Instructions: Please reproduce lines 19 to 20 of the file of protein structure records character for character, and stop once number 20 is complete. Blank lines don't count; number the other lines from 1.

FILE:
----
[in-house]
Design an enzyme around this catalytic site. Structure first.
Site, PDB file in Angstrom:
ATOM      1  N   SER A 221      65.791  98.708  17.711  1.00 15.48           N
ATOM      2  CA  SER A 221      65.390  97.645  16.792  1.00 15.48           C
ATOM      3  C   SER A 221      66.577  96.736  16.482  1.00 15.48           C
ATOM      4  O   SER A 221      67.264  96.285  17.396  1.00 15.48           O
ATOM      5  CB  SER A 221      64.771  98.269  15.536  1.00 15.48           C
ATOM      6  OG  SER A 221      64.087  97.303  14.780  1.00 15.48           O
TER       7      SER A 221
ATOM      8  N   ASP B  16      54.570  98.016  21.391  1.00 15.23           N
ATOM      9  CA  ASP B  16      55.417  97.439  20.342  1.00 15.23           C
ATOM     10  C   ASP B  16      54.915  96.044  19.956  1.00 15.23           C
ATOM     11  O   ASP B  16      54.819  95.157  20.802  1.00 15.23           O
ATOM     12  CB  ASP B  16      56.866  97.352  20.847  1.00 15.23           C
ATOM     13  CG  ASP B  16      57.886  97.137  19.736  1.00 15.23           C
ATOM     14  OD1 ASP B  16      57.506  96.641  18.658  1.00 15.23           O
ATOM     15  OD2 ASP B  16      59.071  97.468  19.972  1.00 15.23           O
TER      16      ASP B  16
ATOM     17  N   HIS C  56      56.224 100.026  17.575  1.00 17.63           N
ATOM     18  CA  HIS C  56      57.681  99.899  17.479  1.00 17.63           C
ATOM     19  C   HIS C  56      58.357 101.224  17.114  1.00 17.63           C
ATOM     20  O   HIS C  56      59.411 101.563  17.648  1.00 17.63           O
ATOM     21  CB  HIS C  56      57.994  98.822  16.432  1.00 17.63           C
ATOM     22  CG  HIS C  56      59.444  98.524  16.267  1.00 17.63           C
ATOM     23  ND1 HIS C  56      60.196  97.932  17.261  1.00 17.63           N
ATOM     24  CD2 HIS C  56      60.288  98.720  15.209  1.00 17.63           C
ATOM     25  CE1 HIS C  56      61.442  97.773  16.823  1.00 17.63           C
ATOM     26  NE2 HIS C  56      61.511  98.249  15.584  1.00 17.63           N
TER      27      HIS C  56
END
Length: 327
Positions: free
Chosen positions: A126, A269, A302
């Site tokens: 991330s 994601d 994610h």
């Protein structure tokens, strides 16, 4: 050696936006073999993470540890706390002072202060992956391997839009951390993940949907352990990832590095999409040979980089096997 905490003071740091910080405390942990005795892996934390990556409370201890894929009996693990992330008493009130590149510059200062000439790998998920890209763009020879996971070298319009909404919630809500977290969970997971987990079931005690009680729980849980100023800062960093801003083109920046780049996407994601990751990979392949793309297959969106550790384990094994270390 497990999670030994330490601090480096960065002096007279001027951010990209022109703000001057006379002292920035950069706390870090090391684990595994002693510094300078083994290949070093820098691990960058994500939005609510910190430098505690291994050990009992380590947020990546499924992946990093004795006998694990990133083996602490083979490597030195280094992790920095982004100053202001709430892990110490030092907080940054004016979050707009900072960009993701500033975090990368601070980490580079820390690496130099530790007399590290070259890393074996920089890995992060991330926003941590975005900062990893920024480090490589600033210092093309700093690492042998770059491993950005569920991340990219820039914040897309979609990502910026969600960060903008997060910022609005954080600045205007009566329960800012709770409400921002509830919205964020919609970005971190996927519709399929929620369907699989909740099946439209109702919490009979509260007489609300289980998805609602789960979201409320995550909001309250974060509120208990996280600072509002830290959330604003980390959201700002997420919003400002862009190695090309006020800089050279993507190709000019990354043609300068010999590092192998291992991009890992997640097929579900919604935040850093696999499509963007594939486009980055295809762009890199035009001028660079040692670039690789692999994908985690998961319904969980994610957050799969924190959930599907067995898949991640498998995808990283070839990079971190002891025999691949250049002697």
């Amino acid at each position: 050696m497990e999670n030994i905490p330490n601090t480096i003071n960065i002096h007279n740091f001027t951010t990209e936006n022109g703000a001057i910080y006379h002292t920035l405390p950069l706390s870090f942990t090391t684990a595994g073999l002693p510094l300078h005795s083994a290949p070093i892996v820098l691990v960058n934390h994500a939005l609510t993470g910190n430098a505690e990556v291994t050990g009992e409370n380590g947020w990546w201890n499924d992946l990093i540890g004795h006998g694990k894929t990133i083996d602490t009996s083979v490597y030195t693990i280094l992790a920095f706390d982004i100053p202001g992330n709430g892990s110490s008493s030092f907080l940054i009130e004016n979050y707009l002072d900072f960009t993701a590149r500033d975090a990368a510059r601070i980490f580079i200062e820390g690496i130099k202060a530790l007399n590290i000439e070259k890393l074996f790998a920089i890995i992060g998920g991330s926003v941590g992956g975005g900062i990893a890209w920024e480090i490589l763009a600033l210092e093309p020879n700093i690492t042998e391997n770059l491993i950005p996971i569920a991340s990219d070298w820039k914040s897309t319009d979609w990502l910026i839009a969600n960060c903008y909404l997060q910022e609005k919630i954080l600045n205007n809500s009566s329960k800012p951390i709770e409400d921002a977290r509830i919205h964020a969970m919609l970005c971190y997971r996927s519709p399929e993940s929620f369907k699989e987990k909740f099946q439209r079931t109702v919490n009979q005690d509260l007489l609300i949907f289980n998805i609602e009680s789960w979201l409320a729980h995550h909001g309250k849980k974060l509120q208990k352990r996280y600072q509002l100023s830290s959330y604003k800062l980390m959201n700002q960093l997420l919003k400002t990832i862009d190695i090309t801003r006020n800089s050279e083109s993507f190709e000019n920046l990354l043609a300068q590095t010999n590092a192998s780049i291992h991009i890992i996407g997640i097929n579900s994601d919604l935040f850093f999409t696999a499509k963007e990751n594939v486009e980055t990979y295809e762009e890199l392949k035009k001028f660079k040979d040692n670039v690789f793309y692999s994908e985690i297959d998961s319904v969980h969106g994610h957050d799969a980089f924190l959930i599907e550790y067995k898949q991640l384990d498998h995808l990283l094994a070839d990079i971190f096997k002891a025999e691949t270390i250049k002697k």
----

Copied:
TER      16      ASP B  16
ATOM     17  N   HIS C  56      56.224 100.026  17.575  1.00 17.63           N